Councillors to discuss Aikey Brae travellers site

Aikey Brae near Old Deer
Aikey Brae near Old Deer

Options for the development of Aikey Brae as a stopover site for travelling people will be discussed by councillors on Thursday.

A full meeting of Aberdeenshire Council will consider three possible uses for the council-owned land at Old Deer.

Unauthorised traveller encampments are an escalating problem throughout the North-east and have been blamed mainly on the lack of available private and public sites.

The stopover proposals for Aikey Brae have triggered strong opposition in the community. A 375-signature petition has been gathered.

And residents who attended a public meeting in Mintlaw in February this year were fiercely opposed to the plans.

The council has since reviewed and refreshed the plans to address some of the concerns voiced by residents.

Councillors will look at three options for the site at Thursday’s meeting in Aberdeen.

The first would bring the land up to an acceptable standard to create 14 pitches, fencing, hard-standing areas, landscaping and a fresh water supply at a cost of £315,000.

The second would be a reduced version of the first option with less landscaping, fencing and small pitch sizes at a cost of £215,000. Meanwhile, the third would involve minimal improvements with eight pitches, a fresh water supply and basic fencing at a cost of £50,000.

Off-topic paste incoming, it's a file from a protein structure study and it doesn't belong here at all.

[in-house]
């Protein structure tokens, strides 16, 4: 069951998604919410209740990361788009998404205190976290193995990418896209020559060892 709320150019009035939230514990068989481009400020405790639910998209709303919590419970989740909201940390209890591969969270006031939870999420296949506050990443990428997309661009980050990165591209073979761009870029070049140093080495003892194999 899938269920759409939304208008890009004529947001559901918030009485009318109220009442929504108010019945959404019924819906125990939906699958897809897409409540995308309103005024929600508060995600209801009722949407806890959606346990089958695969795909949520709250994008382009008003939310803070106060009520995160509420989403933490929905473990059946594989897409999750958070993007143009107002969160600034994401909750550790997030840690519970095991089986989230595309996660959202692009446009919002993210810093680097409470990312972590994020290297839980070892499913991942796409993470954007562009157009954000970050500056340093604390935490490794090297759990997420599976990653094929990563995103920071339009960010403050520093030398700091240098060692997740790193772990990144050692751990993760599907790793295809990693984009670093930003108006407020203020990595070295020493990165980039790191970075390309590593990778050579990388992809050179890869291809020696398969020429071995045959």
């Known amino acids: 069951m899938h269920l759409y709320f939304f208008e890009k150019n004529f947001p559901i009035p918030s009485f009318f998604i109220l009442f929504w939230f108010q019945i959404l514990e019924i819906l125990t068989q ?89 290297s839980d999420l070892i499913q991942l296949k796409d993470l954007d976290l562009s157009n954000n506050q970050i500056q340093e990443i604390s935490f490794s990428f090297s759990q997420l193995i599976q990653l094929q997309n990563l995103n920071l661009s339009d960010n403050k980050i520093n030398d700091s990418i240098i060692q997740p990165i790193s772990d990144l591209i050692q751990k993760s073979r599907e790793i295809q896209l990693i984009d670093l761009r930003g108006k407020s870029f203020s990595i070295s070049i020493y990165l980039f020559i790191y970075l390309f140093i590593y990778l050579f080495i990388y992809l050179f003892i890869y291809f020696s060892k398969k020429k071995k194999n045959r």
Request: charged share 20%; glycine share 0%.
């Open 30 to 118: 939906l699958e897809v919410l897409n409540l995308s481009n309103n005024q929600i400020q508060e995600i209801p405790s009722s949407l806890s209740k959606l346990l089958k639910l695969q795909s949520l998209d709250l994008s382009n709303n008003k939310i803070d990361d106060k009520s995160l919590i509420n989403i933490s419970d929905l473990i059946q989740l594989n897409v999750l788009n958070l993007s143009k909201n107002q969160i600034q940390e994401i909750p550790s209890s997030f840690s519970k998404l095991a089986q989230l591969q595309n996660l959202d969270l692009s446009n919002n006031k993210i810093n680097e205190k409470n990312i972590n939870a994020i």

Consultation with travellers in the region has indicated they would use the Aikey Brae.

If agreed the proposals would be the subject of a planning application with a chance for the local community to comment as part of the statutory application process.

Should a planning application be lodged, it would be considered by the full council given the regional significance of the development.

Officers are suggesting that an application is lodged to use the land as a stopover site and that the area is controlled and managed by the local authority as an authorised site.

Aikey Brae has been used for fairs for hundreds of years.

At first the main focus was on horse-trading but as it grew in size and popularity, stalls and sideshows were introduced.

The fair dates back to 1661, and the event co-incided with the feast day - in mid-July - of the patron saint of the parish, St Drostan.